Innovation is not limited to just "creative" people - Michelle Gibbings

When you think about innovation, what comes to mind?  The iPhone? Driverless cars? Or do you think of things that were once considered innovative, such as the humble toaster?

Innovation is all around us and comes in all shapes and sizes. However innovation isn’t just about products. It relates to ideas, methods and processes. It can be simple or complex.

Innovation can also come from unlikely sources. It’s easy to see innovation as solely sourced from people who are creative and inventive, but we can all be innovative.

There are two ends to the spectrum. Simple innovation is about making things better, while more radical innovation, or what Clayton Christensen (author of The Innovator’s Dilemma) would call disruptive innovation, is about making things that people have yet to realise they need/want. It is this type of innovation that disrupts industries and changes how they work.

Less complex innovation is something we can all contribute to. We can all find ways to do things better or to approach things from a different angle. It’s a crucial mindset to adopt if you want to be an influential leader.

If your mindset is telling you “I’m not innovative”, then you’ll miss the opportunity to see what could be different. You won’t take the time to ponder on what ‘could be’, as you’ll be satisfied with ‘what is’.

In a world that is constantly changing, it’s important to be open to what is new. This also means you need to be comfortable to search for what is new and could be done better.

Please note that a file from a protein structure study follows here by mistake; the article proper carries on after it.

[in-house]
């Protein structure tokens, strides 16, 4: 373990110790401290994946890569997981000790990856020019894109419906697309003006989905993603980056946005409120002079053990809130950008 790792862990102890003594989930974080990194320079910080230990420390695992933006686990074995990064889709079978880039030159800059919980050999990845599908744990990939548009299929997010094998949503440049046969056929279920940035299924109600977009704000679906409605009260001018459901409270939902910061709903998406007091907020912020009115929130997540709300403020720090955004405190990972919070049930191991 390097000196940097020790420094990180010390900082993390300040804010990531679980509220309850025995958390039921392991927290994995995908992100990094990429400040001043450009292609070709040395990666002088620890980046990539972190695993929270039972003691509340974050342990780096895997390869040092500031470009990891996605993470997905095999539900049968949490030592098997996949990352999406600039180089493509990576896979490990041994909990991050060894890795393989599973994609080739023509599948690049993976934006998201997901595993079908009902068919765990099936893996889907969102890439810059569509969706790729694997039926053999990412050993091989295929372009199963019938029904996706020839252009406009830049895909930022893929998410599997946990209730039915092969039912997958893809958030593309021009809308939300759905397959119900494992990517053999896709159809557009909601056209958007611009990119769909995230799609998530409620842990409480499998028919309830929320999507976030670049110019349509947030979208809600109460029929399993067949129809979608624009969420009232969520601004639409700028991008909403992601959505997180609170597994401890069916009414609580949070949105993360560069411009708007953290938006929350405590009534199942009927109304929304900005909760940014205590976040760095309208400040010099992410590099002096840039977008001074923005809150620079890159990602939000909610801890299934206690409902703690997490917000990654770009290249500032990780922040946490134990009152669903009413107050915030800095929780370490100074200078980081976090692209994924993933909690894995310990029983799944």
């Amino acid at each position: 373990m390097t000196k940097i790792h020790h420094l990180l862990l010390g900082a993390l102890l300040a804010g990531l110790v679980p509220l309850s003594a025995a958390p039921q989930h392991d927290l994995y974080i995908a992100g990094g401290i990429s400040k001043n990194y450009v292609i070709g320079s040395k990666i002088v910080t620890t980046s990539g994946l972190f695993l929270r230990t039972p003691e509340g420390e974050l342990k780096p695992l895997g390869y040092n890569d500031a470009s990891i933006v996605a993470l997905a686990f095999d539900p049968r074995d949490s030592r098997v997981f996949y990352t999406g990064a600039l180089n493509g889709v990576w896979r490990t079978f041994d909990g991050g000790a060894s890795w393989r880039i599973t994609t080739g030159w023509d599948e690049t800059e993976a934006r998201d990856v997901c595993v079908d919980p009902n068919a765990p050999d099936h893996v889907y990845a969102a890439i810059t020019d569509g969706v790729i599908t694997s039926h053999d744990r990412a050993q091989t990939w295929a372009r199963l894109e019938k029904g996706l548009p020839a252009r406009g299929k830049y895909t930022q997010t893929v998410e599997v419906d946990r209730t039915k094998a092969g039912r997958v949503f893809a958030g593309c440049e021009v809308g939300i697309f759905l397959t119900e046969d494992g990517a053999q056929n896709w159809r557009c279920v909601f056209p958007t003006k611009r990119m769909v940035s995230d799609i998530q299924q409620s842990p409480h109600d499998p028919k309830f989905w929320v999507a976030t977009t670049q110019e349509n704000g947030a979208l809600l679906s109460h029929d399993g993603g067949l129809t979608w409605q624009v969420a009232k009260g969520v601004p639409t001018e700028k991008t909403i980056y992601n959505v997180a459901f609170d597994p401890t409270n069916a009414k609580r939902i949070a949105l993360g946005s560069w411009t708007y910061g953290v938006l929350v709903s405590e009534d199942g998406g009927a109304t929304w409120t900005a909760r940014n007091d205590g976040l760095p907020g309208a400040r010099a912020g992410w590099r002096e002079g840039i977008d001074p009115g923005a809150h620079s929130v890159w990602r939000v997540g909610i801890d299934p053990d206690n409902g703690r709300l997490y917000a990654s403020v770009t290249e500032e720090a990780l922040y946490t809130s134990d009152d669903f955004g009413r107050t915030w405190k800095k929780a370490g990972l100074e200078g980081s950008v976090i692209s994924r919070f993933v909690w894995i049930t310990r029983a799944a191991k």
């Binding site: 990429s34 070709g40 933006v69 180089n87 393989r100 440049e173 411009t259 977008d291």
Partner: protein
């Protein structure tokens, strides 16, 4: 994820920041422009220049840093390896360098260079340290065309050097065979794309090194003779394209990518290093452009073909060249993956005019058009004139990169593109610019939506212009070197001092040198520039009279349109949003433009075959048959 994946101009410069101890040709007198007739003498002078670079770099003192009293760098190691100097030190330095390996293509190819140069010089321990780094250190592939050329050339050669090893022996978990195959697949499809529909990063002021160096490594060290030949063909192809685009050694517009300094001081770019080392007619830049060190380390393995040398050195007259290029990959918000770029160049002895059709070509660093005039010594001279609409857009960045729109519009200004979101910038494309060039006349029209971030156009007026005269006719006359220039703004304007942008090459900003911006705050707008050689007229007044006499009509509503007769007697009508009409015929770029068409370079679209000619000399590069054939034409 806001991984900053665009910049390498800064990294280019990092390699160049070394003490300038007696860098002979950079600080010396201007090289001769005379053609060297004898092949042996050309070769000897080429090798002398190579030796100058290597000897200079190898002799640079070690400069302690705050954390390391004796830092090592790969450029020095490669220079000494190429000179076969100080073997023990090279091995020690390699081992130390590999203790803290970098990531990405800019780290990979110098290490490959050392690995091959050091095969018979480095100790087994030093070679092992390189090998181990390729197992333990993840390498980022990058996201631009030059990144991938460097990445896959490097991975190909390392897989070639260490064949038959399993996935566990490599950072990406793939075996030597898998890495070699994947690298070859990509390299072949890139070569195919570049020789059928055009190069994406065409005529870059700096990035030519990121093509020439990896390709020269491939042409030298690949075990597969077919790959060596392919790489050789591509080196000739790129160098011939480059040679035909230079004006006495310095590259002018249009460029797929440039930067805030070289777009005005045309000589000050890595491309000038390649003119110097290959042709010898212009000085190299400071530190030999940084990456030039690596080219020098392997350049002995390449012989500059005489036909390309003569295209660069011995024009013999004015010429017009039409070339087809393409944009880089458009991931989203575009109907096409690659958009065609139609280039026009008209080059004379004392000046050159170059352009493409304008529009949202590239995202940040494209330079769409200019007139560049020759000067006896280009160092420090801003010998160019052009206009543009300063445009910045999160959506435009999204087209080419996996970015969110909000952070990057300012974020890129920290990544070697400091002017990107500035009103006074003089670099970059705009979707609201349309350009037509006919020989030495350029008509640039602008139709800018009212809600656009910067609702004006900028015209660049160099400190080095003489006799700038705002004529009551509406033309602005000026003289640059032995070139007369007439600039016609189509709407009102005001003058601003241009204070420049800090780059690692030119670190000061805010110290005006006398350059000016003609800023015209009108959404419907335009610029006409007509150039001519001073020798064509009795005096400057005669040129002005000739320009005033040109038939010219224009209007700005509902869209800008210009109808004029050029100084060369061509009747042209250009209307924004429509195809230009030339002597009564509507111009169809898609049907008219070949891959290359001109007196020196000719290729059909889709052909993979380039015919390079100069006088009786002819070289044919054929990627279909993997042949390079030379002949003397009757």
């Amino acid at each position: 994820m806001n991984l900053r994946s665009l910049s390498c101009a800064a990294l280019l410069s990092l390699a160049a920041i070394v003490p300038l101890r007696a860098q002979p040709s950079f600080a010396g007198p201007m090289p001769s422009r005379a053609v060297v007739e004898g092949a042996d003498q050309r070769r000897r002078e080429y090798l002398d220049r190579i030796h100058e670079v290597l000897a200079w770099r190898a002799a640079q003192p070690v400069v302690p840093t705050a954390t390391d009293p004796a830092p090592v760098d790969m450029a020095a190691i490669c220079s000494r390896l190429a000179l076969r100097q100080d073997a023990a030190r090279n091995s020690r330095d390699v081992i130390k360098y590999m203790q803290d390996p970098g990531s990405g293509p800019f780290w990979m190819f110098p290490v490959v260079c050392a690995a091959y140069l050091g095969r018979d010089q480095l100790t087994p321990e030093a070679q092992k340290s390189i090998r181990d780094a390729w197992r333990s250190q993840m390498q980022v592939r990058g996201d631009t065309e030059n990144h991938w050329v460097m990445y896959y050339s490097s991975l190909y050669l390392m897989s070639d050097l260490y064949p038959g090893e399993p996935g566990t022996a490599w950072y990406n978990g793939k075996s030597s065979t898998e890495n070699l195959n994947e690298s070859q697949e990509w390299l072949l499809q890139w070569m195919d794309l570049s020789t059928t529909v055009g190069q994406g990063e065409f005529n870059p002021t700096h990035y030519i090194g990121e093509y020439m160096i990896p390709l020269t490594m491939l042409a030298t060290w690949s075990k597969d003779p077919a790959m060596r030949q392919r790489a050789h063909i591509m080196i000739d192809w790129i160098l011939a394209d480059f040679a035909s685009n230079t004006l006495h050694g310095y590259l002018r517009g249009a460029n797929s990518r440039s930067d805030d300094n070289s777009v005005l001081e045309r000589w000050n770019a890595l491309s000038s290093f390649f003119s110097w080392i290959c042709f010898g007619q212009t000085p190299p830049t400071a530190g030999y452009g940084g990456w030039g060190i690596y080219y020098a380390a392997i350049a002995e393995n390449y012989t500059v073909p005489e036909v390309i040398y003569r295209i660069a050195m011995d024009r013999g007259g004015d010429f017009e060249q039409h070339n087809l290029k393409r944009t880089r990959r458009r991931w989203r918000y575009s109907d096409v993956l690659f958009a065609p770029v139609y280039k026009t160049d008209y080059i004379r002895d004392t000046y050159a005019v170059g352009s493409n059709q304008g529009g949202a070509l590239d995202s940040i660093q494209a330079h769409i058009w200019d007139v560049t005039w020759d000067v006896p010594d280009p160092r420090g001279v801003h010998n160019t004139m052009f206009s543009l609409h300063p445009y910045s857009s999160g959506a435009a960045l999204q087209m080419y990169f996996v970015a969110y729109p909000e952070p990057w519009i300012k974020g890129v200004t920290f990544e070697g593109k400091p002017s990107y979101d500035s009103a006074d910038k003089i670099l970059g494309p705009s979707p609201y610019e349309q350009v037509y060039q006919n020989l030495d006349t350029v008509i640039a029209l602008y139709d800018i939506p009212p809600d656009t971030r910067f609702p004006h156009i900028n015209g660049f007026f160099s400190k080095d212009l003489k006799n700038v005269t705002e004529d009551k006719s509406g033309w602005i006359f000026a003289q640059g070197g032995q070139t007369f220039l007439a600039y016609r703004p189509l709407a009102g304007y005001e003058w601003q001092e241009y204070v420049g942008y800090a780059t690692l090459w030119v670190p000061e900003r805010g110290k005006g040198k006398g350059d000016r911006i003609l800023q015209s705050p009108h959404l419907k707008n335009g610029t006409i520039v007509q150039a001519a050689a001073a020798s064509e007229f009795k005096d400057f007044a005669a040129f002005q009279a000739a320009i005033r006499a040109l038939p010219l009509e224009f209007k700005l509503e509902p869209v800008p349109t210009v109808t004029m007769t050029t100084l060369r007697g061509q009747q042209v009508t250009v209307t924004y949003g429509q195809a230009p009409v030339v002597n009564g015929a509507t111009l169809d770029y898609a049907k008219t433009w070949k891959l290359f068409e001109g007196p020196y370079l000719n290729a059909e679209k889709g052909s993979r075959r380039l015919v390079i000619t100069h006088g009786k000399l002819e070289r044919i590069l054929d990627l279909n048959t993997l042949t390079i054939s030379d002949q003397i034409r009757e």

This is what making progress is all about.

Making progress comes in different ways. You can reinvent, tweak around the edges, improve the process or start from scratch. The possibilities are vast.

Often when people come up with new ideas it is because they looked for a solution to something that really annoyed them, they were curious, or they simply saw a better way to do something.

For example, in the 1940s a Swiss engineer, George de Mestral, invented Velcro. It was a day-to-day activity of walking in the Alps that ultimately resulted in an invention that is still used today. He paid attention and he was curious. He saw how burrs stuck to his clothing and his dog’s fur when walking in the Alps and then took that curiosity one step further.

Consider in your day-to-day work:

  • What frustrates you at work?
  • What are you curious about?
  • Where are the pain points in your everyday work process?
  • What could be done better or differently?
  • What are your competitors doing that you’re not?

Making improvements in organisations isn’t easy. In many respects, it can be easier to sit back and wait for someone else to do it. Why? Because it requires you to take a risk and be ready for failure – as things may not go according to plan. It also requires patience and persistence.

As Brene Brown, the author of multiple books including the fantastic book ‘The Gifts of Imperfection’ said:  “There is no innovation and creativity without failure. Period.”

Influential leaders are ready for the challenge. They recognise that it won’t be easy, but they know that the upside is that the improvements eventually secured will make things better for their team, stakeholders, customers and ultimately the organisation.

Of course, the great by-product is that it will also boost their reputation as a leader.

Getting you ready for tomorrow, today®

Michelle Gibbings is bringing back the happy to workplace culture. The award-winning author of three books, and a global keynote speaker, she’s on a mission to help leaders, teams and organisations create successful workplaces – where people thrive and progress is accelerated.

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